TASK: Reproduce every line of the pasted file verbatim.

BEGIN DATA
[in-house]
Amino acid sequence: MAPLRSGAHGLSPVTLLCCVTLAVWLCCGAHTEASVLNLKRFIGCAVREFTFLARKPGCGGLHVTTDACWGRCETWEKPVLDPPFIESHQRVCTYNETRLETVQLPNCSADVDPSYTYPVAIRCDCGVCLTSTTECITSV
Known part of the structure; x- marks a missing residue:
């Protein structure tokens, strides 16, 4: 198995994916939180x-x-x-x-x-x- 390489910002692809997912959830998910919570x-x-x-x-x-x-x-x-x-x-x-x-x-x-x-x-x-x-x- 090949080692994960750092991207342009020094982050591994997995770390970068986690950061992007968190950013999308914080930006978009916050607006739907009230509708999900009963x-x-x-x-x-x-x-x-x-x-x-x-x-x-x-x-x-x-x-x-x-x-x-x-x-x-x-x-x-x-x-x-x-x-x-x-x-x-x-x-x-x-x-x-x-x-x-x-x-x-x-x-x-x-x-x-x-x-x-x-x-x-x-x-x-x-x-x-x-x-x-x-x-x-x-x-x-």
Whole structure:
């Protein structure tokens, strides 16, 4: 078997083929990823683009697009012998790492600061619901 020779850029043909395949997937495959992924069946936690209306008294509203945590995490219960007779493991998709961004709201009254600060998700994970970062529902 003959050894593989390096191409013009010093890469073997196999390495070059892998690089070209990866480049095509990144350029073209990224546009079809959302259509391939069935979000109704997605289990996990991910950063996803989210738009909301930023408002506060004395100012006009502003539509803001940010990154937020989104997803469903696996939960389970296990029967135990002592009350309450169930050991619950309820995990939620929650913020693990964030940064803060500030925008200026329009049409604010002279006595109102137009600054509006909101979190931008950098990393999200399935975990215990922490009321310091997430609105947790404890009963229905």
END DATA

[in-house]
Amino acid sequence: MAPLRSGAHGLSPVTLLCCVTLAVWLCCGAHTEASVLNLKRFIGCAVREFTFLARKPGCGGLHVTTDACWGRCETWEKPVLDPPFIESHQRVCTYNETRLETVQLPNCSADVDPSYTYPVAIRCDCGVCLTSTTECITSV
Known part of the structure; x- marks a missing residue:
């Protein structure tokens, strides 16, 4: 198995994916939180x-x-x-x-x-x- 390489910002692809997912959830998910919570x-x-x-x-x-x-x-x-x-x-x-x-x-x-x-x-x-x-x- 090949080692994960750092991207342009020094982050591994997995770390970068986690950061992007968190950013999308914080930006978009916050607006739907009230509708999900009963x-x-x-x-x-x-x-x-x-x-x-x-x-x-x-x-x-x-x-x-x-x-x-x-x-x-x-x-x-x-x-x-x-x-x-x-x-x-x-x-x-x-x-x-x-x-x-x-x-x-x-x-x-x-x-x-x-x-x-x-x-x-x-x-x-x-x-x-x-x-x-x-x-x-x-x-x-």
Whole structure:
């Protein structure tokens, strides 16, 4: 078997083929990823683009697009012998790492600061619901 020779850029043909395949997937495959992924069946936690209306008294509203945590995490219960007779493991998709961004709201009254600060998700994970970062529902 003959050894593989390096191409013009010093890469073997196999390495070059892998690089070209990866480049095509990144350029073209990224546009079809959302259509391939069935979000109704997605289990996990991910950063996803989210738009909301930023408002506060004395100012006009502003539509803001940010990154937020989104997803469903696996939960389970296990029967135990002592009350309450169930050991619950309820995990939620929650913020693990964030940064803060500030925008200026329009049409604010002279006595109102137009600054509006909101979190931008950098990393999200399935975990215990922490009321310091997430609105947790404890009963229905």